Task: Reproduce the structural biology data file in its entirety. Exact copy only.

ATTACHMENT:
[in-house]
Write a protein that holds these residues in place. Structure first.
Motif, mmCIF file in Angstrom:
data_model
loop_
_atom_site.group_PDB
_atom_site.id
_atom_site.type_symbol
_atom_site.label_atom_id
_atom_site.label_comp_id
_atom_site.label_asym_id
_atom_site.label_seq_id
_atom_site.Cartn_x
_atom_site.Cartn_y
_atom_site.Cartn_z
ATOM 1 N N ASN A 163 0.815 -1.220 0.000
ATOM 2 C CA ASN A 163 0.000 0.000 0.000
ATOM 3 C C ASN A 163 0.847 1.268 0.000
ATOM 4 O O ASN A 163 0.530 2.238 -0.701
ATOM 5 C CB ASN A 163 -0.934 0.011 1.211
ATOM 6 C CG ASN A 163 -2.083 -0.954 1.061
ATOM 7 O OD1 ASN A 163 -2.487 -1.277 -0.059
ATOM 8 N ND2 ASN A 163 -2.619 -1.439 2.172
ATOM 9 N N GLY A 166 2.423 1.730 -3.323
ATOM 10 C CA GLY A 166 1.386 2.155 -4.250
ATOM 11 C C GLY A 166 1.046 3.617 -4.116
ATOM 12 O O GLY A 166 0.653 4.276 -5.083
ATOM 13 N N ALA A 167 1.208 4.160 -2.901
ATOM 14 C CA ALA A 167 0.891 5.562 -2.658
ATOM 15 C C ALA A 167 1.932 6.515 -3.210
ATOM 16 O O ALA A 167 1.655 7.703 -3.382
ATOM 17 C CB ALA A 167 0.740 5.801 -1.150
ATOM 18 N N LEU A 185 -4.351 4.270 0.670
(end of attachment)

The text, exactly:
[in-house]
Write a protein that holds these residues in place. Structure first.
Motif, mmCIF file in Angstrom:
data_model
loop_
_atom_site.group_PDB
_atom_site.id
_atom_site.type_symbol
_atom_site.label_atom_id
_atom_site.label_comp_id
_atom_site.label_asym_id
_atom_site.label_seq_id
_atom_site.Cartn_x
_atom_site.Cartn_y
_atom_site.Cartn_z
ATOM 1 N N ASN A 163 0.815 -1.220 0.000
ATOM 2 C CA ASN A 163 0.000 0.000 0.000
ATOM 3 C C ASN A 163 0.847 1.268 0.000
ATOM 4 O O ASN A 163 0.530 2.238 -0.701
ATOM 5 C CB ASN A 163 -0.934 0.011 1.211
ATOM 6 C CG ASN A 163 -2.083 -0.954 1.061
ATOM 7 O OD1 ASN A 163 -2.487 -1.277 -0.059
ATOM 8 N ND2 ASN A 163 -2.619 -1.439 2.172
ATOM 9 N N GLY A 166 2.423 1.730 -3.323
ATOM 10 C CA GLY A 166 1.386 2.155 -4.250
ATOM 11 C C GLY A 166 1.046 3.617 -4.116
ATOM 12 O O GLY A 166 0.653 4.276 -5.083
ATOM 13 N N ALA A 167 1.208 4.160 -2.901
ATOM 14 C CA ALA A 167 0.891 5.562 -2.658
ATOM 15 C C ALA A 167 1.932 6.515 -3.210
ATOM 16 O O ALA A 167 1.655 7.703 -3.382
ATOM 17 C CB ALA A 167 0.740 5.801 -1.150
ATOM 18 N N LEU A 185 -4.351 4.270 0.670